Thank you Larry for your generous introduction and thank you for all of the excellent work you have done to make our rebuilding such an enormous success.
First let me acknowledge some of our distinguished guests:
Finally, the man to whom we owe so much of what we are celebrating today, Larry Silverstein, one of Lower Manhattan's true visionaries and one of our city's greatest champions. I want to express to you, on behalf of our Downtown community, our deepest gratitude for your determination, in the face of doubt and skepticism, to invest in our neighborhood and to help us build for a bright future.
Thirteen years ago, when so many said Downtown would never recover from the barbarity that drove so many away, Larry echoed the spirit of our community when he said "Never bet against New York."
And how right he was.
Today, as we look around us, we see that Lower Manhattan has come roaring back; becoming a hub not only for global finance, but our city's most diverse and dynamic neighborhood.
Media, advertising, technology, fashion, all manner of creative industries are flocking here and bringing their workers with them.
In fact, as was recently documented, after Conde Nast made the decision to locate its headquarters at One World Trade Center - which will open in a few short months - many of the businesses that cater to its workers are looking to open up down here as well.
It is a textbook example of how new businesses beget new businesses. As more and more companies relocate or open up shop, they are then followed by retail, restaurants, and so many others, diversifying the economy and in turn drawing in new residents and new firms.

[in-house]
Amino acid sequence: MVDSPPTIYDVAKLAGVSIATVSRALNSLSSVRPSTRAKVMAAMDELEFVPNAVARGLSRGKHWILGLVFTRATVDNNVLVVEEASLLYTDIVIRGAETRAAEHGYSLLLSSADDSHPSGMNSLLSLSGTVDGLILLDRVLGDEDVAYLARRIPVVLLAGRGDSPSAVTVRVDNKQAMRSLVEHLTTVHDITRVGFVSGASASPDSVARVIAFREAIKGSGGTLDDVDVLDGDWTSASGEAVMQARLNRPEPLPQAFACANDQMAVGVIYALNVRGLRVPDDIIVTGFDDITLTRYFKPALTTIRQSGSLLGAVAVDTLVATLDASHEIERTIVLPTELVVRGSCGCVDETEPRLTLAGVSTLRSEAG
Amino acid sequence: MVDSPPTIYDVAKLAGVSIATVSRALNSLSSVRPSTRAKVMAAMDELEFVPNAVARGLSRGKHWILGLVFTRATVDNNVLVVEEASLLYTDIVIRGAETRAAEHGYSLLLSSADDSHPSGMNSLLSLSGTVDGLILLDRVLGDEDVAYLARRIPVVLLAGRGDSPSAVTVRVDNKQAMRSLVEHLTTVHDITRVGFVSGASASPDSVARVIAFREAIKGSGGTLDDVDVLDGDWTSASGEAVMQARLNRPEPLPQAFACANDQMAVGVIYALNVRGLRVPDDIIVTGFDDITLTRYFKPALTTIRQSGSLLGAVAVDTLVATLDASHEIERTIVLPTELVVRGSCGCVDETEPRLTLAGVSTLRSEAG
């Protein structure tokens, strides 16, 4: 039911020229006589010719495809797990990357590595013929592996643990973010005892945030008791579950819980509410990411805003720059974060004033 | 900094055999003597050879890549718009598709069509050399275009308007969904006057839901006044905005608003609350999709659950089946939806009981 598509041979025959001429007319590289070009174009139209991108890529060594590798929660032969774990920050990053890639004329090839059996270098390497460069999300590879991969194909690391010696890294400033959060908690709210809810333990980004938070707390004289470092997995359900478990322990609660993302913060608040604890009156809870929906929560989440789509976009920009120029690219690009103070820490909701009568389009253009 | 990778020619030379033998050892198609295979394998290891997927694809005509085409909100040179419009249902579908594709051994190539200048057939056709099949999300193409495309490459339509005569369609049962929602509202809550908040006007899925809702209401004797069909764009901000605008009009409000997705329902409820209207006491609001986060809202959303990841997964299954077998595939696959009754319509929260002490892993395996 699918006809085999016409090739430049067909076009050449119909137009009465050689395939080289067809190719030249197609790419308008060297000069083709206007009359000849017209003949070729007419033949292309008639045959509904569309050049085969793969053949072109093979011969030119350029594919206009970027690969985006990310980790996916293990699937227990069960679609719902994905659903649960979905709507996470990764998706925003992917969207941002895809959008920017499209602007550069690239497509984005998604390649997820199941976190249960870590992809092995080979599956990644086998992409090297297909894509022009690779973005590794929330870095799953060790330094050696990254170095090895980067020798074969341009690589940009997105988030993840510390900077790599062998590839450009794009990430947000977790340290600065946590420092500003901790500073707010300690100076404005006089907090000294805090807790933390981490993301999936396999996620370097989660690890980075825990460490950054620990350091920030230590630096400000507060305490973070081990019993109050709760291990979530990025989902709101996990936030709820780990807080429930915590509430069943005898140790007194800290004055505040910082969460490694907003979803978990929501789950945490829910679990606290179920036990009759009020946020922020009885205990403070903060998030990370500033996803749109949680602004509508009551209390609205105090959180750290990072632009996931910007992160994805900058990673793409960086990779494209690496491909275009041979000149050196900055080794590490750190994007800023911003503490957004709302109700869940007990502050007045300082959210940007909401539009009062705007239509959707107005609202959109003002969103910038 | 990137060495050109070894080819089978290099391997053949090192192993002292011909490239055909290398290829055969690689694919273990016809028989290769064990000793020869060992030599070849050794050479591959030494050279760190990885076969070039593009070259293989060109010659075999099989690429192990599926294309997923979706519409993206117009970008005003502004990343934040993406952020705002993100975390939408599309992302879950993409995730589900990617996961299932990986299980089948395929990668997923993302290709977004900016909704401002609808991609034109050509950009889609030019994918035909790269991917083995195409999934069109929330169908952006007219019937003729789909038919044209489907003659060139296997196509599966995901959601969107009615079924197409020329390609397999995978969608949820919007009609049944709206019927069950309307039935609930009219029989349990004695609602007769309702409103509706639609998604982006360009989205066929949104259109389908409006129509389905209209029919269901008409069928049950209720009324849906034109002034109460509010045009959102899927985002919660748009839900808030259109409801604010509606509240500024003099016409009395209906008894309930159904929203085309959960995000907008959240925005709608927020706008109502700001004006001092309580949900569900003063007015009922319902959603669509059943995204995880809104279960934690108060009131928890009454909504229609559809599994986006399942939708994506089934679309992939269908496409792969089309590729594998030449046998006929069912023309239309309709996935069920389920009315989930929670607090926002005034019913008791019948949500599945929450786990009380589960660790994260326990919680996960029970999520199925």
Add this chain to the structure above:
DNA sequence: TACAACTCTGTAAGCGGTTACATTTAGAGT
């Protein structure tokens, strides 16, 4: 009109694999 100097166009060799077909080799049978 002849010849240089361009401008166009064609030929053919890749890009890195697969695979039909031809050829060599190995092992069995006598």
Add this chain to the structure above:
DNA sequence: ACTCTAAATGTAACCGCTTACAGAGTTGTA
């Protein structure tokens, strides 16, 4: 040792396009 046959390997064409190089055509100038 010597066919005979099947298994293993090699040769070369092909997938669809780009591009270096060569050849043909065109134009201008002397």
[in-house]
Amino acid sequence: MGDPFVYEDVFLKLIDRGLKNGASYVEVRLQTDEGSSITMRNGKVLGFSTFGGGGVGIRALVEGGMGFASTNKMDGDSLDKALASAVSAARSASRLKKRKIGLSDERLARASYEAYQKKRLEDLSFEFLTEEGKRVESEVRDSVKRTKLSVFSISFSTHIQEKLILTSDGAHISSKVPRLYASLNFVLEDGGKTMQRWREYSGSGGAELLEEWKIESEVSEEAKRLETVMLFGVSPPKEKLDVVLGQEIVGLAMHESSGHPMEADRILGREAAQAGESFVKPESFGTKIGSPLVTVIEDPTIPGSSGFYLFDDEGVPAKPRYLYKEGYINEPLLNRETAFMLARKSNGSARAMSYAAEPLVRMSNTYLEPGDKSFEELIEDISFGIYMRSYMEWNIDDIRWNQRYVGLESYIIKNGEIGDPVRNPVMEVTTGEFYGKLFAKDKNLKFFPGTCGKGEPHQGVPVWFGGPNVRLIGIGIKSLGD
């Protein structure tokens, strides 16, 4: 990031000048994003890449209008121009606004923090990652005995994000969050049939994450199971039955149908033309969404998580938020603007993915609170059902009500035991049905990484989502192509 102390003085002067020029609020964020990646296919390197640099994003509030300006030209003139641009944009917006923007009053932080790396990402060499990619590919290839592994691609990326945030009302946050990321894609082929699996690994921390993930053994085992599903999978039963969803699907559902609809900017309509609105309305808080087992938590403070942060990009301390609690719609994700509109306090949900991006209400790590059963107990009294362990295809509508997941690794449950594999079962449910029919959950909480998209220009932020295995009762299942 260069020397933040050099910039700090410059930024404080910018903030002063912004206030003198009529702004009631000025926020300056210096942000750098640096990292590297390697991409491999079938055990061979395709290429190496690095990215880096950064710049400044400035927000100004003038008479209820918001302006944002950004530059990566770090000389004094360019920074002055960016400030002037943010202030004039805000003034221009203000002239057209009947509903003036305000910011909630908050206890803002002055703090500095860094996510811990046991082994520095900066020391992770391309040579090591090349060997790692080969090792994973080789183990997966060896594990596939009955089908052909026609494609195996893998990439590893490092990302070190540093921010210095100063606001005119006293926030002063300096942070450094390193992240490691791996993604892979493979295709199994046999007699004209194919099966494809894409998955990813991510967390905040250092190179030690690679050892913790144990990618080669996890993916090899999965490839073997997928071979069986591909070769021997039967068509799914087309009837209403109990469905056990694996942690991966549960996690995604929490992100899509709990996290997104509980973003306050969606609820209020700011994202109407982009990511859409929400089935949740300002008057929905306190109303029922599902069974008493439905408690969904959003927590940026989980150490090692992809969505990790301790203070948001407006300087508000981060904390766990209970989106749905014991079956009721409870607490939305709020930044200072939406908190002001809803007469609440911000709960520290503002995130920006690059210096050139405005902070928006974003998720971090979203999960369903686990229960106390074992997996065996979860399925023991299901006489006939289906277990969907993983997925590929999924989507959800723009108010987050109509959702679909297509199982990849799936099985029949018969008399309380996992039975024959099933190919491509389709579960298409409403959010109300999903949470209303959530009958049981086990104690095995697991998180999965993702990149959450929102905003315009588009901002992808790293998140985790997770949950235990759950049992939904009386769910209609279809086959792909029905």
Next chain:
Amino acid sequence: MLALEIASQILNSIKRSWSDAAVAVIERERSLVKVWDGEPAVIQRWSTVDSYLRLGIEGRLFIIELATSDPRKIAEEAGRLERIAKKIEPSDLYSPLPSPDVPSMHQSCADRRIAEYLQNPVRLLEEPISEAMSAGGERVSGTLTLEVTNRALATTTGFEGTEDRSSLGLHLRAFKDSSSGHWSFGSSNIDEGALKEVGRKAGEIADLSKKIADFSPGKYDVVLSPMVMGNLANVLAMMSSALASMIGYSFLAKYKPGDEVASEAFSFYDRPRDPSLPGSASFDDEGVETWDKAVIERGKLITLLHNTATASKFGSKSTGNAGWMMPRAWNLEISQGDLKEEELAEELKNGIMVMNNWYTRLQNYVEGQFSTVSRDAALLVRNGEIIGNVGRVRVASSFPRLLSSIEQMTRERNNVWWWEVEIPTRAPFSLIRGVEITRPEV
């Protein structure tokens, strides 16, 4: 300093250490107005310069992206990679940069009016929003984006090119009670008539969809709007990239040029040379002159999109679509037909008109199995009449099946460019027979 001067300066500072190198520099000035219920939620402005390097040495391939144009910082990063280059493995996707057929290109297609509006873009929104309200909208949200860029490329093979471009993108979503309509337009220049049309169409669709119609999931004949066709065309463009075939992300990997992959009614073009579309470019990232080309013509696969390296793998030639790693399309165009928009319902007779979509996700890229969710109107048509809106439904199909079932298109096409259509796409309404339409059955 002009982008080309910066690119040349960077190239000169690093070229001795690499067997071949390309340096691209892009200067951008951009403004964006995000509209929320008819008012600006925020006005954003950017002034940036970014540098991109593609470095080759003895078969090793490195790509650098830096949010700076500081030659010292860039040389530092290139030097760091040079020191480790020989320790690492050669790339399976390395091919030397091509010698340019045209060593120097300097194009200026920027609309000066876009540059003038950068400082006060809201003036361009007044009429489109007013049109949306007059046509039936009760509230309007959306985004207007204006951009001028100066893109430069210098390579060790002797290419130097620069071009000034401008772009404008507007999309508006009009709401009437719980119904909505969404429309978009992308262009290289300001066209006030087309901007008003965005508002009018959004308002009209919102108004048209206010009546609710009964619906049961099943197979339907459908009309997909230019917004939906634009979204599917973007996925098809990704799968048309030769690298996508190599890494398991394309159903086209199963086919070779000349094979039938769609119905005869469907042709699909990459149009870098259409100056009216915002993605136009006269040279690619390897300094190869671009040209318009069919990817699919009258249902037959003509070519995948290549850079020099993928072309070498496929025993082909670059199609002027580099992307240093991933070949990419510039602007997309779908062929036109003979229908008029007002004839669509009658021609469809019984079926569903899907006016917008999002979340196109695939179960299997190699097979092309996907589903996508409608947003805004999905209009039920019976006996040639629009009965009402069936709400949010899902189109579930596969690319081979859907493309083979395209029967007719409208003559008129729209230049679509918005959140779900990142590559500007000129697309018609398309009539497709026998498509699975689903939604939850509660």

In addition to Conde Nast, One World Trade has been filling up, recently announcing that real estate giant Cushman and Wakefield will lease 10,000 square feet and make it their Downtown headquarters.
It is but a piece of the five million square feet of office space that has been leased throughout the new World Trade Center, including the fully-leased 7 World Trade, which some derisively called a white elephant and which now stands as a powerful reminder of how fully and completely we have managed to recover.
And it's not just office buildings.
Just a few months ago, I joined with many of my Lower Manhattan neighbors in touring the 9/11 Memorial Museum. What a powerful and moving experience it was. As we walked down Liberty Street, through the beautiful Memorial Park and to the museum, we were able to see the beginning of one of our long-held dreams: the reintegration of the World Trade Center into our surrounding streetscape.
We have made that a priority because, while Lower Manhattan has reclaimed its glory as one of our nation's most important commercial districts, it is now one of our most desirable residential neighborhoods.
I have worked for years, along with many of my partners in this community, to build new schools, new parks, to improve our infrastructure and to transform Lower Manhattan into the thriving 24/7 mixed-use neighborhood that you see all around you.
And it is about to get even better. The Fulton Transit Center - our Grand Central Station for Downtown - will open this year and the soaring new PATH station is set to come online next year, giving this neighborhood as many seamlessly connected transit options as any area of our city.
That PATH station will be home to one of two giant new retail centers along with Brookfield Place just across West Street, which will once again redefine Downtown, this time as a shopping destination as well.
There is no denying it. We have established a living and enduring monument to the "New York spirit;" one befitting the heroes and those who tragically lost their lives on 9/11.
We have transformed this neighborhood into a shining example of all that we can accomplish when we believe in our community and when we bet on New York.
Thank you, Larry for your determination and thank you all for the leadership and the energy you have invested in my great hometown.